Individuals who have recently completed associate degree programs and are looking for work will need to create a resume to highlight their achievements in a way that will separate them from the competition. There are a lot of positions available that are looking for individuals that have associates degrees and are capable workers. The reward of finding a great job is well worth the effort spent creating and formatting an associate degree resume.
Individuals who have spent the time, money, and effort to earn an associate's degree should be proud of their work. A resume is a great way to show potential employers your education, skills, and abilities. Regardless of the position that you are applying for, an individual creating an associate's degree resume will need to include several key pieces of information in the document. If you are having difficulties in figuring out where to get started, you can search for associate's degree resume samples online that can give you an idea of where to begin.
By the way, we constantly overhear jobseekers ask, "is it, associates or associates?" On the matter of punctuation: it's associate's degree — with an apostrophe between the "e" and the "s" in associate's — and not associates degree.
This is clearly the most important section for this kind of resume. Your latest education, which in this case is the associate's degree, needs to be listed first. You will need to identify which area you received your associate's degree in (for example, associate's degrees are available in such areas as Applied Arts, Applied Business, Political Science, Technology, etc.). You can also list the courses that were acquired during the degree that you believe are relevant to the position you are applying for.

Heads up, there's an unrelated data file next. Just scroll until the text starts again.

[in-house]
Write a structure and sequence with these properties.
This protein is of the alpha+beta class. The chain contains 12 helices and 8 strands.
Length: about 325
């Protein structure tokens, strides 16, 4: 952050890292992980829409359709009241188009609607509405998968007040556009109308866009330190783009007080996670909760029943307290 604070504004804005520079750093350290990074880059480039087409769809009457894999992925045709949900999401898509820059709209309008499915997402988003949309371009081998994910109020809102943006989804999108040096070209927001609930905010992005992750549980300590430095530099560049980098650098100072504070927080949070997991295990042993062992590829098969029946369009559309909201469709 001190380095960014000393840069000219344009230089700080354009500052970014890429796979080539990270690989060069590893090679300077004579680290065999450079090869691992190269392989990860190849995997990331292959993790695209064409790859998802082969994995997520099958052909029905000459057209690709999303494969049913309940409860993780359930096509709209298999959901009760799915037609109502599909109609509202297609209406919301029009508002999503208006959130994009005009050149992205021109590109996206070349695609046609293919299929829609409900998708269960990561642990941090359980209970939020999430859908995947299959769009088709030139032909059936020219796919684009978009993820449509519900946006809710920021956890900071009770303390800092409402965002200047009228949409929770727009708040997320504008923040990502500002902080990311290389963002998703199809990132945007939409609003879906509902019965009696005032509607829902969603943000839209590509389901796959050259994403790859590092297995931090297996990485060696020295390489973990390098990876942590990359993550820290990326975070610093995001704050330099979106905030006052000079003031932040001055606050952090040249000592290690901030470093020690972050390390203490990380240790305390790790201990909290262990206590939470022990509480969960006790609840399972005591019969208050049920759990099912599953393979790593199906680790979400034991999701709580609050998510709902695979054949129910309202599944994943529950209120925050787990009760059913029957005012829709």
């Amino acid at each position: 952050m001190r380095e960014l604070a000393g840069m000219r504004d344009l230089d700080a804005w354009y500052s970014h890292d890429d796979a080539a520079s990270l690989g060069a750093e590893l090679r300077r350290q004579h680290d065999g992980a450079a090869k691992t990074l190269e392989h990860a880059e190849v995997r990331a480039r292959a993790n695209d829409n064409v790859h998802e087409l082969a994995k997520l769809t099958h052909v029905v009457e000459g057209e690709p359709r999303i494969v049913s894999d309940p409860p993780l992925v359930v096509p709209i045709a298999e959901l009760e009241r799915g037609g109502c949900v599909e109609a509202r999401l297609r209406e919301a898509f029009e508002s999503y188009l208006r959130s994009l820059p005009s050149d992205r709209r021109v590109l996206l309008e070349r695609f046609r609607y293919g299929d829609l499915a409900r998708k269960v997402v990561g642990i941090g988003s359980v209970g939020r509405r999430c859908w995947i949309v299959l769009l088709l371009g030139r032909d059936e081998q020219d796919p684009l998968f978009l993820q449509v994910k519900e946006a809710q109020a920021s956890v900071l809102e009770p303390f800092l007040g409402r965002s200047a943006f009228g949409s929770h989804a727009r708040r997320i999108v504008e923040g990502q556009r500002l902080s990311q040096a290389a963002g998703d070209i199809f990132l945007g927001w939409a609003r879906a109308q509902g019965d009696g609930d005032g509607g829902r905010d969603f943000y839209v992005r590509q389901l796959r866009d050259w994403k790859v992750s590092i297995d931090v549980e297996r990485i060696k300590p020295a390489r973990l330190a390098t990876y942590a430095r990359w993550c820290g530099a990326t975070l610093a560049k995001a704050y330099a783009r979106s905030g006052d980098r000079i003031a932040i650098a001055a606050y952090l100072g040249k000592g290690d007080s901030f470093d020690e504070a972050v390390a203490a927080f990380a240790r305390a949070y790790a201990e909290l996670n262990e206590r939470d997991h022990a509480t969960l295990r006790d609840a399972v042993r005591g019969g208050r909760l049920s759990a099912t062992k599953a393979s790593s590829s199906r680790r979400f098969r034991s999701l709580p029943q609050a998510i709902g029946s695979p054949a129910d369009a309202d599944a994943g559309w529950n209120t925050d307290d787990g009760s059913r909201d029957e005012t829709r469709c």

Don't trip over yourself on how to abbreviate an associate's degree on your resume. There are a number of ways to abbreviate an associate's degree on a resume. The main thing to keep in mind is that the abbreviation differs based on the field of study. Common abbreviations include AA (for Associate in Accounting) and AB (for Associate of Business), for example.
Scholarships, Awards, Memberships
In this section, you should include any notable pieces of information that reflect if you excelled in anything as you were continuing your education. If you received an academic scholarship or some other kind of recognition or award due to having a great GPA or for some other example of academic excellence, it needs to be included. This area is a great place to include any information pertaining to your involvement in an organization or club that is related to your degree or the position that you are applying for. Make sure to explain how your involvement in the organization is relevant and give a short but precise description of any kind of leadership position you held in that club or group.
A lot of people started out in the workforce before going back to school and earning an associate's degree. You will need to include your most recent work experience first and work backwards. It is a good idea to include jobs that are relevant to the position you are applying for; potential employers like to see jobs included in work experience that required the same kinds of skills or had the same level of responsibilities as the position that they are trying to fill. You should include small descriptions about the kinds of skills that you used in each position, as well as technology used, level of interaction with coworkers, as well as any leadership or managerial responsibilities you had.